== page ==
CHARLESTON, W.Va. — After 11 years in a Mississippi prison, Leigh Stubbs and Tammy Vance were exonerated earlier this year of charges that they brutally assaulted another woman and left bite marks all over her body.

Stubbs and Vance were convicted in 2001 on charges of aggravated assault and drug possession and sentenced to 44 years in prison, at least partly because a discredited forensic bite-mark analyst gave bogus testimony during their trial that pinned them to the attack, Stubbs’ lawyer, Valena Beety, told the Gazette-Mail.

Beety is now the director of the West Virginia University Innocence Project, a new legal clinic affiliated with a national organization of criminal defense lawyers who help prisoners fight wrongful convictions.

“You get to feel great about what you do — push through all the obstacles that are in your way,” Beety said. “And when you get someone out of prison, it’s amazing.”

In the case of Stubbs and Vance, forensic odontologist Michael West testified during their trial in the early 2000s that bite marks found on the victim matched their dental records. West also told jurors that security camera footage depicted the two women carrying out the attack.

Prosecutors sent the video to the FBI for analysis. Federal investigators returned with a 20-page report that said they couldn’t tell if the people were men or women and that they didn’t appear to be engaged in any illegal activity.

The state, however, did not disclose that report to Stubbs and Vance. A Mississippi judge overturned their convictions earlier this year, and West has since admitted that his bite-mark analysis in the case was not sound.

Beety and recent University of Chicago Law School graduate Kristen McKeon, who is helping with cases as part of a yearlong fellowship, will handle the bulk of the casework for the WVU clinic. The clinic’s four law students are charged with screening applicants for the program, Beety said.

“We’re focusing as a project on freeing innocent people who are in prison, but also on policy problems, systemic problems that lead to wrongful convictions, and making eyewitness identification more reliable,” she said.

Seventy-five percent of the 297 prisoners exonerated through DNA evidence since 1989 were convicted because they were mistakenly identified as suspects, according to figures from the national Innocence Project, which is based in New York.

WVU’s clinic is still new, Beety said, so they haven’t received many applications for post-conviction help, but she has been reaching out to prisons, public defender offices and other avenues for leads on potential cases.

NYPD Will Apply Grant to Identify, Catalog DNA Evidence

Eight hundred persons convicted in New York City are seeking to prove their innocence through DNA testing. Unfortunately, it has been difficult to locate evidence in the city’s massive evidence storage facility. Now those who are actually innocent in this group have new hope. The National Institute of Justice has granted $1.2 million to enable the New York Police Department to dedicate a new staff person to search for sexual assault and homicide cases so that the evidence can be reclassified and assigned a bar code—making the evidence more readily available. Some DNA testing will also be covered by the grant, which will begin on October 1, 2012.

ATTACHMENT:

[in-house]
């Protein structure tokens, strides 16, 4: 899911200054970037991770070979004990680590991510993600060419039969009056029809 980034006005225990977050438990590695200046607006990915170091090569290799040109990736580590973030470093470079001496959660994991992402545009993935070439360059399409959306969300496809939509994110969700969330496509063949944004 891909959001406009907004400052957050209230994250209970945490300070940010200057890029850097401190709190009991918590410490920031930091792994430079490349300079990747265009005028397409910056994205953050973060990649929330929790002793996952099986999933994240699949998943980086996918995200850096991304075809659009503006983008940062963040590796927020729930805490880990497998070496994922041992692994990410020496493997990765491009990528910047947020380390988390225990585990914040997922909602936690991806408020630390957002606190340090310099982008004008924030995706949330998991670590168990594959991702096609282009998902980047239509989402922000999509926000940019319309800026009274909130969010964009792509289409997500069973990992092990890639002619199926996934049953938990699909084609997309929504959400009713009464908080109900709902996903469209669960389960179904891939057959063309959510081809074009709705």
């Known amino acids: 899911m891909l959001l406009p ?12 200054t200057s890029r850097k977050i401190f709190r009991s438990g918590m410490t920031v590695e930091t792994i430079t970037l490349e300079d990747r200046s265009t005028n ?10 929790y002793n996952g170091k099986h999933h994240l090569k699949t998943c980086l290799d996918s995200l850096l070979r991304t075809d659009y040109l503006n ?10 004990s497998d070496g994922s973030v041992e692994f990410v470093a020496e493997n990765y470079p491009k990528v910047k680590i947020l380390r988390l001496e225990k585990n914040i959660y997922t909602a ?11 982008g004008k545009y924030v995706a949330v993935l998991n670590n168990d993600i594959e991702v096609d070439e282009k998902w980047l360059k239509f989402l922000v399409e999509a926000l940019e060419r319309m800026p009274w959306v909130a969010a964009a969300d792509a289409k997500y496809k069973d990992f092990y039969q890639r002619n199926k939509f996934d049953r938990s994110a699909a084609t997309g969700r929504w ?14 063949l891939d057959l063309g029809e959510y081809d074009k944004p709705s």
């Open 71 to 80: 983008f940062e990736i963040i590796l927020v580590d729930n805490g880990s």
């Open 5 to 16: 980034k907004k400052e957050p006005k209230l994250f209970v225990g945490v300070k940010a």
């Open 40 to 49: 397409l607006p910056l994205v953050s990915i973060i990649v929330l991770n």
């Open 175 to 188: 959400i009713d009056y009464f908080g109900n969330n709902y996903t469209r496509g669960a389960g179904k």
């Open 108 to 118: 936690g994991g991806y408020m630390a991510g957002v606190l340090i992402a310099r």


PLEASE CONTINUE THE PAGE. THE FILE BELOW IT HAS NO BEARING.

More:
As reported in The New York Times (here) the funds will be applied in a highly efficient manner “because they will be utilizing infrastructure and expertise already in place. The cataloguing system for the evidence will utilize the NYPD’s recently modernized evidence tracking system.” A “new Innocence Project staff person will expedite innocence claims”…and “the Chief Medical Examiner has agreed to donate all staff time for the DNA testing.” Continue reading

A Profile of the U. of Chicago Exoneration Project

Eileen Ho, JD’12, left, and Jenni James, JD’12, proved James Harden’s innocence. (Photography by Eva Nagao/Exoneration Project)

From the University of Chicago Magazine:

On the night of April 18, 1990, taxi driver Billy G. Williams, 44, was found dead in his cab, shot in the head on Chicago’s South Side. Two days later, 20-year-old Shawn Whirl was arrested and confessed to the murder. He pleaded guilty and has been in prison ever since.

Rising third-year law student Caitlin Brown wants him out. “I really believe that Shawn is innocent,” Brown says. “There were a lot of errors in [Whirl’s] confession that didn’t completely line up with what was found at the scene.”

Since September 2011, she’s been studying his case—the interrogation, the police statements, the evidence—as part of the Exoneration Project, a University of Chicago Law School clinic that seeks to free wrongfully convicted prisoners.

In Whirl’s case, that means investigating his confession, made after allegedly being tortured by a detective in the Chicago Police Department’s Area 2, a division then notorious for systemic abuse. Whirl’s claim of being coerced into a confession were found credible this summer by the Illinois Torture Inquiry and Continue reading